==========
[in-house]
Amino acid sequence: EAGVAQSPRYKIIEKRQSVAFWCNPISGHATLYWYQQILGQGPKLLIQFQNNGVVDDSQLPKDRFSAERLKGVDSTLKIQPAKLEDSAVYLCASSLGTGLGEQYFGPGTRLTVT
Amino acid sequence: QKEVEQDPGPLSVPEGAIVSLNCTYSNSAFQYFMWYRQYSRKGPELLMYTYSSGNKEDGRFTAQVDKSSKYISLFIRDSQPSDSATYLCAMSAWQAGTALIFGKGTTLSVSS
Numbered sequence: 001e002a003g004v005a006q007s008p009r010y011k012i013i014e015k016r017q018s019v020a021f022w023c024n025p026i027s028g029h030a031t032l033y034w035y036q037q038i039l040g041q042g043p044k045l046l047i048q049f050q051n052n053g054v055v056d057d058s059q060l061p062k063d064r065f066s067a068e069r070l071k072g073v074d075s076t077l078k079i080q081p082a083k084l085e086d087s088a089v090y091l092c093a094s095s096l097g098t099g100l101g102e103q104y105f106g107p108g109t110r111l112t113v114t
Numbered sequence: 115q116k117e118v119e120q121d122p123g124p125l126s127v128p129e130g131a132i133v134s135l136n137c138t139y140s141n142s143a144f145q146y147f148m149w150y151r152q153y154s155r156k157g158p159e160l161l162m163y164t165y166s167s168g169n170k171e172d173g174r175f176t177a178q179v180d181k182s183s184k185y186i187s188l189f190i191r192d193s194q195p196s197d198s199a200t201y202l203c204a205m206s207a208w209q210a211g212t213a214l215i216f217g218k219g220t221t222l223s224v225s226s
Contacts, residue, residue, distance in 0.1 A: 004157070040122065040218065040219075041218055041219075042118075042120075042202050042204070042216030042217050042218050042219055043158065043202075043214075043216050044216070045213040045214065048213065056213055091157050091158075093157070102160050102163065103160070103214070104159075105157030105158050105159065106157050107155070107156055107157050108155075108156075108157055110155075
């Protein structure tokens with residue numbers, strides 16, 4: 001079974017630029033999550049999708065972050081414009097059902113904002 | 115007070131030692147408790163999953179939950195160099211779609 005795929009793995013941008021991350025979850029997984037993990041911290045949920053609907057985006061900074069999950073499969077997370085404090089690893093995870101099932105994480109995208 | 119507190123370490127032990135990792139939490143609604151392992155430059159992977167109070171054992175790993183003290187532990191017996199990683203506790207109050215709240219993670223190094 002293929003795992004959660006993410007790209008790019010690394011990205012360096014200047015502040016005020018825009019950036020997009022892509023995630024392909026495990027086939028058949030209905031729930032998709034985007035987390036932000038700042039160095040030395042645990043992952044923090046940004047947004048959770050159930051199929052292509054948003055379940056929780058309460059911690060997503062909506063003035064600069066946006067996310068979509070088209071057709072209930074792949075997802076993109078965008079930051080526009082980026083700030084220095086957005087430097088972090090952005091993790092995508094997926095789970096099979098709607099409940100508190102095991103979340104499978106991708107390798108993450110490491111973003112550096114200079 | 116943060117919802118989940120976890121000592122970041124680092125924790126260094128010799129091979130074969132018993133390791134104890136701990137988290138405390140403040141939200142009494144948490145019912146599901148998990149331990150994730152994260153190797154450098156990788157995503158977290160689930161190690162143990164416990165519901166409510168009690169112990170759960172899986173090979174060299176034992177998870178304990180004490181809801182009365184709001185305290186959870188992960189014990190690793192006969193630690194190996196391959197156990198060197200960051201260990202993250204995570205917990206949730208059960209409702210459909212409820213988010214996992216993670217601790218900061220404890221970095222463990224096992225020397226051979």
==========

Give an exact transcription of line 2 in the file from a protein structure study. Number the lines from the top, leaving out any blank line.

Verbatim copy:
Amino acid sequence: EAGVAQSPRYKIIEKRQSVAFWCNPISGHATLYWYQQILGQGPKLLIQFQNNGVVDDSQLPKDRFSAERLKGVDSTLKIQPAKLEDSAVYLCASSLGTGLGEQYFGPGTRLTVT